is a fictional land
conceived by L. Frank Baum
and first described in his book The Wonderful Wizard of Oz
). He wrote 13 sequels before his death in 1919
Upon Baum's death, Oz publisher Reilly & Lee commissioned a 19-installment continuation of the series from Ruth Plumly Thompson; long-time Oz illustrator John R. Neill added three more books to the series. Four other books by other authors were added over the years. These books make up the "Famous Forty," often referred to as the "canonical" works of the Oz canon—though many other "Ozian" works have been written, some as pastiches or parodies, some intended as sincere "imitations" in the best sense of the word.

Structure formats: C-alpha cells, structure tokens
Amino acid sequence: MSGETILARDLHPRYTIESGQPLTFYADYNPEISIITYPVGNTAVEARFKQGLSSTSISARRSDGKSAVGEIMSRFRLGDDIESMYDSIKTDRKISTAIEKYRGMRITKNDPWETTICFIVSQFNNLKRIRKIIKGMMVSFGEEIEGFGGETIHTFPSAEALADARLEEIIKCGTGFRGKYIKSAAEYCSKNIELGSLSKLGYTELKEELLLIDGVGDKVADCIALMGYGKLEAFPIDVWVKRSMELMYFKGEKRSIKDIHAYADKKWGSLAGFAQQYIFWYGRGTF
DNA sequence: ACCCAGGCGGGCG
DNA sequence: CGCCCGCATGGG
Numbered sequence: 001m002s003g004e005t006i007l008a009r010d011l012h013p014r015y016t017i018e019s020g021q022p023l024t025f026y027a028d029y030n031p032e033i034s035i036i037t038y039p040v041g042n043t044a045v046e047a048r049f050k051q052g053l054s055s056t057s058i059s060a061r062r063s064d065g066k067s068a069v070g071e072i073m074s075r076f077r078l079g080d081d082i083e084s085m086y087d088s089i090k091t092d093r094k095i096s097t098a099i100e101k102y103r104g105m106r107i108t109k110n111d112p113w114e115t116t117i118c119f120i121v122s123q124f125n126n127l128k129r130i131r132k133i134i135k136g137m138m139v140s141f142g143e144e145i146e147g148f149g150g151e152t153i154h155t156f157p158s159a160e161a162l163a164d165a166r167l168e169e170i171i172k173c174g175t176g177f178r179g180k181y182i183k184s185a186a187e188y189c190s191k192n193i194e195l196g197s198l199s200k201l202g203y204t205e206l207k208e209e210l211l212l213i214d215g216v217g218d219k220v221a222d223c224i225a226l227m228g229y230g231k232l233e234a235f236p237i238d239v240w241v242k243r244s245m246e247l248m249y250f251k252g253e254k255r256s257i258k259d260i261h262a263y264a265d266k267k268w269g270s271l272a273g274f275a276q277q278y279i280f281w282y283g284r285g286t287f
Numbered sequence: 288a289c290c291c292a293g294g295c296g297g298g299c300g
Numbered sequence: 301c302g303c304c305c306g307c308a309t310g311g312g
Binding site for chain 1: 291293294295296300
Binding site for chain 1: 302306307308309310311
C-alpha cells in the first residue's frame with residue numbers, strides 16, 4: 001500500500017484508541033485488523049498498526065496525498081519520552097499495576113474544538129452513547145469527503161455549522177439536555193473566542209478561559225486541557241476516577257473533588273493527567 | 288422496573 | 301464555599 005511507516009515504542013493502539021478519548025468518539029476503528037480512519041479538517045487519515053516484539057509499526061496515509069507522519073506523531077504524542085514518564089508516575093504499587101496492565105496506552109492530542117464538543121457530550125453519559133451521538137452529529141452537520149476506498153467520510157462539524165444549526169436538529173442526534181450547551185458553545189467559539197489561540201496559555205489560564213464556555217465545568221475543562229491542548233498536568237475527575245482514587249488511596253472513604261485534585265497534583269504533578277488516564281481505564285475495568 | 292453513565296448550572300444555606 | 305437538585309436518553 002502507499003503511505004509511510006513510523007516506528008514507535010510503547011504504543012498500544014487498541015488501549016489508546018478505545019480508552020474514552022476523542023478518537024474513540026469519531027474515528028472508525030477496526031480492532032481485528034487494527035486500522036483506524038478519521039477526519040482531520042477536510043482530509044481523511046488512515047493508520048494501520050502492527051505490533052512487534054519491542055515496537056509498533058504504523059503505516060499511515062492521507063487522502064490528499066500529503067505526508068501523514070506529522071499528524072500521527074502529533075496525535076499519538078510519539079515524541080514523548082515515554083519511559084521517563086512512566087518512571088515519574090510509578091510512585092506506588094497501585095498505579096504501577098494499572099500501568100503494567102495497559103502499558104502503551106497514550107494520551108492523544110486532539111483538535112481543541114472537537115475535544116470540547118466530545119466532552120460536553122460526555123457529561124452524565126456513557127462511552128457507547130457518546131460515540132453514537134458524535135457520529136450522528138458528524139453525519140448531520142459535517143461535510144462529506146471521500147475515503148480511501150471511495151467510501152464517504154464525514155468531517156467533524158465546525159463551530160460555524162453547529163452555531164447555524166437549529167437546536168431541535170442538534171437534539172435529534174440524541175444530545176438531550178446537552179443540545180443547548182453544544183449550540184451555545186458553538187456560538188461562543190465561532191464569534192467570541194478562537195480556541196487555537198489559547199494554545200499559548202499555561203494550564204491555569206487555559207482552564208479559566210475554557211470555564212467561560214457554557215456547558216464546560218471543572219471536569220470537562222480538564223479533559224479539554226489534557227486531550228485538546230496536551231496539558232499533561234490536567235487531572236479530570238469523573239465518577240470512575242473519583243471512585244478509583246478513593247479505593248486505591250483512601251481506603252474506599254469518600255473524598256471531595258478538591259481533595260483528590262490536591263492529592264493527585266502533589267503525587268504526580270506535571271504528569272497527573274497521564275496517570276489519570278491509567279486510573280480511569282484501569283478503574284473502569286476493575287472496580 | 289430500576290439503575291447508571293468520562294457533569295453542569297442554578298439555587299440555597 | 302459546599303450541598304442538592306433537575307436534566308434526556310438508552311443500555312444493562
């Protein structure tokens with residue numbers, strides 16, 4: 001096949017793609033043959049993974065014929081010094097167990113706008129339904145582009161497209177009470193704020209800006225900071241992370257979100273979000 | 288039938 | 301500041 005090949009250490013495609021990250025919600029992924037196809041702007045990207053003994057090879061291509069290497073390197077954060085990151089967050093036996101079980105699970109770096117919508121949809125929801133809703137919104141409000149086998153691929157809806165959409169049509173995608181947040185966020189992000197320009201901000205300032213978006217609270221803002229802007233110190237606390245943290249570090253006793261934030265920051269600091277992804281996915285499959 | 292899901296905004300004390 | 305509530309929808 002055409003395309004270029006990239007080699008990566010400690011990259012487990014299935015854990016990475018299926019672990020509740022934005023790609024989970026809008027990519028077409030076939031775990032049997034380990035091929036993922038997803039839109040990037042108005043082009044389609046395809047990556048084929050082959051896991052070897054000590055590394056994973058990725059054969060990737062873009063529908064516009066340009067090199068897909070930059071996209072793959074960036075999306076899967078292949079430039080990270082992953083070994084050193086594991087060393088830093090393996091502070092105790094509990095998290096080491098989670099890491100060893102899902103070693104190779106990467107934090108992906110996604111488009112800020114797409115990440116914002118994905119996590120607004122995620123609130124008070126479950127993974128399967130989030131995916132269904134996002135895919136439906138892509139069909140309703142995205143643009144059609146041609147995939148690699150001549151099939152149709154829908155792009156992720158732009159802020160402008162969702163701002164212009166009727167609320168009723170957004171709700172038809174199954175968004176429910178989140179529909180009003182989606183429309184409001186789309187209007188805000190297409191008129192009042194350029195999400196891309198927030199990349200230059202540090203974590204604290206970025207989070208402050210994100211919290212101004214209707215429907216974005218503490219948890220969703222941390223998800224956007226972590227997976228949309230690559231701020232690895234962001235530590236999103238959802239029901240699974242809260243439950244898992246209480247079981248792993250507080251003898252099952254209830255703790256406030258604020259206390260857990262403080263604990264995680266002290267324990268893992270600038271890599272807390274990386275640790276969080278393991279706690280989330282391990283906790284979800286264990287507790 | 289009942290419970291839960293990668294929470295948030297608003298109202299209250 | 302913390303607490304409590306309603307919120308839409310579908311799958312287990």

The most treasured depiction of Oz in the twentieth century was the 1939 Technicolor musical adaptation from Metro-Goldwyn-Mayer, The Wizard of Oz. The film was used as a star vehicle for budding starlet Judy Garland, but despite a massive publicity campaign, the movie was only moderately successful in its initial theatrical run. It achieved its iconic status after decades of airings over network television, beginning on November 3, 1956. The viewing audience for the TV premiere, broadcast in full color in the earliest years of that broadcast technology, was estimated at 45 million people. Thus began a tradition. For decades to follow, the movie was aired in the United States on or near Easter. Currently the Turner cable networks hold the television rights, and the film is generally shown during the summer and Christmas seasons. Presently the rights to its public distribution are held by Turner Entertainment (via Warner Bros.). As the present century opens, the film has become generally available, digitally restored for private viewing on DVD.